The Social Network
Title: The Social Network
Genre: Biography, Drama
Starring: Jesse Eisenberg, Andrew Garfield, Justin Timberlake
Director: David Fincher
Look! A well known recent film being covered! I do occasionally take a fancy to Hollywood productions albeit not often. When I heard of this film being made I scoffed; a flick about a nerd making a website, what were they thinking? Then they cast one-hit-wonder Jesse Eisenberg to take a shot at the lead role, everything seems to be shaping up for a flop of gargantuan proportions, and all the paid critics in the world couldn't convince me otherwise. What did get my attention, however, was the director; his name may not ring alarm bells for some but for others his name should come attached to at least two films: Se7en, where he brutally revitalised the crime/thriller genre, and then went on to create the – then poorly known – Fight Club, adding an almost poetic touch to a bloody concept. Are you sensing a link here? Two of the more intelligent and violent films to make it past the film boards, and now a drama about a nerd?
I expect most reading this probably at the least have an idea about what facebook is but for those that don't, it's a social networking website that currently has over 600 million users and is valued at $25 billion. To say its a big thing is a massive understatement; it's one of the largest sites on the internet and still rapidly growing, but what makes this tale interesting is the story behind it. Taking place all around the legal battles between the founder, Mark Zuckerberg (Eisenberg) and both the co-founder he cut out from the company and the three men he “stole” the idea from - they both settled out of court so it's hard to state with certainty the case for intellectual property theft, but given that the idea emerged from their initial proposal to Zuckerberg, at least according to this film, it would certainly appear to be true - it makes use of lengthy flashbacks to explain the sites history.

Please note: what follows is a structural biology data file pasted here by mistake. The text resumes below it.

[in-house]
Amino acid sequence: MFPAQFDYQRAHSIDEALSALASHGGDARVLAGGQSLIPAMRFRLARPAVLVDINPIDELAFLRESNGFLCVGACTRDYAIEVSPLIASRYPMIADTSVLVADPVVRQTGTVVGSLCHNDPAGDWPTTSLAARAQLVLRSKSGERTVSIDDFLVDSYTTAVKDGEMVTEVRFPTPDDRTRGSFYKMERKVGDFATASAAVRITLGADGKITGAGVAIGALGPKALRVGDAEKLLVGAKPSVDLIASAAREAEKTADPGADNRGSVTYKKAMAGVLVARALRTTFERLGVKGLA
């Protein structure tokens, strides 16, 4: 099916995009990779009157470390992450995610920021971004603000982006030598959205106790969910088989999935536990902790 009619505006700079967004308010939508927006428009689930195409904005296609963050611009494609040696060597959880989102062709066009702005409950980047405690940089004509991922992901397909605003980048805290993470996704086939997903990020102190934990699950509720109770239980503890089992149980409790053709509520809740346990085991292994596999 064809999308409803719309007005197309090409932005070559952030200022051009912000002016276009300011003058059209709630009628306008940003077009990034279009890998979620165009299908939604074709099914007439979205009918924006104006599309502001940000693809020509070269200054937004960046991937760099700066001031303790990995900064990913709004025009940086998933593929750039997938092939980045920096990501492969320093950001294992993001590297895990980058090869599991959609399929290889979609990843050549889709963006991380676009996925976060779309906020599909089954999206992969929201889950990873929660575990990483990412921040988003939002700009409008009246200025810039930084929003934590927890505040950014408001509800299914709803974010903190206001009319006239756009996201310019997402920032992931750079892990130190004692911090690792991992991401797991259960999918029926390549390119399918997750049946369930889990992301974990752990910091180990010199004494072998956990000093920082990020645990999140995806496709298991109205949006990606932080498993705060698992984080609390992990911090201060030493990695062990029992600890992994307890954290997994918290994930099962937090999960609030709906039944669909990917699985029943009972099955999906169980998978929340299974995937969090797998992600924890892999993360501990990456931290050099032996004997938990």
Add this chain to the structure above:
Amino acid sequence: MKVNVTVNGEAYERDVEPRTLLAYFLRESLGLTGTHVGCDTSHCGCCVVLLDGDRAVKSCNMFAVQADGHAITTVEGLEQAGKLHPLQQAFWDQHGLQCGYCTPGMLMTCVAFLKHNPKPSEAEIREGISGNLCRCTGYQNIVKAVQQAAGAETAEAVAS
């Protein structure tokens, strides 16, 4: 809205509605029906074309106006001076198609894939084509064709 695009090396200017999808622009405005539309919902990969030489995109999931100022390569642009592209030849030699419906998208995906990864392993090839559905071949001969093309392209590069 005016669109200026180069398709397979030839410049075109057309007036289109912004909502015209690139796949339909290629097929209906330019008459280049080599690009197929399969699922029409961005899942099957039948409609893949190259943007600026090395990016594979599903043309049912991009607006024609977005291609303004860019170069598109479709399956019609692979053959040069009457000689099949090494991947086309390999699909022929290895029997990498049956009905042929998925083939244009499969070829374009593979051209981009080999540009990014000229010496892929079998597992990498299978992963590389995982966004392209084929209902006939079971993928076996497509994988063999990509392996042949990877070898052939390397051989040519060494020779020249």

And this is precisely what Fincher manages to bring to the table; it's still raw and visceral, there is no sugar coating of the characters or their story, but rather than bludgeoning you with violence he takes this into a legal context, making the most benign comments seem razor sharp. It is in particular when the playboy, Sean Parker (Timberlake) emerges that the banter comes to its high point; the energy of the two minds firing off idea's showing the stark contrast between the two founders. Eisenberg's treatment of the character is not to create some larger than life caricature but to show him warts and all; his arrogance and ego stemming from his keen intellect making him incapable of being likeable, and indeed by the end of the film ends up being completely alone.
And that is the eventual point this film is trying to make; it's not really about some overblown website that has become a sensation but a character study of the man behind it. By believing his intellect to be the cause of his lack of likeability he shuts out people from becoming close, becoming a borderline sociopath and in the process of launching his big idea isolates himself from anyone who he'd ever have considered a friend. The snapshot of today's generation obsessed with the social quest for love the true inspiration for the sites creation and the irony of creating a social networking site and not having a single person left to share it with is not lost on me, and as the film draws to a close, it's evidently not lost on him either. Fincher has done what I thought was impossible; he's changed my opinion of Eisenberg, secured Justin Timberlake as the first musician I've seen who can make for a decent actor and in the process created his best film in over a decade. Colour me impressed.
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And of course eye candy never hurts either.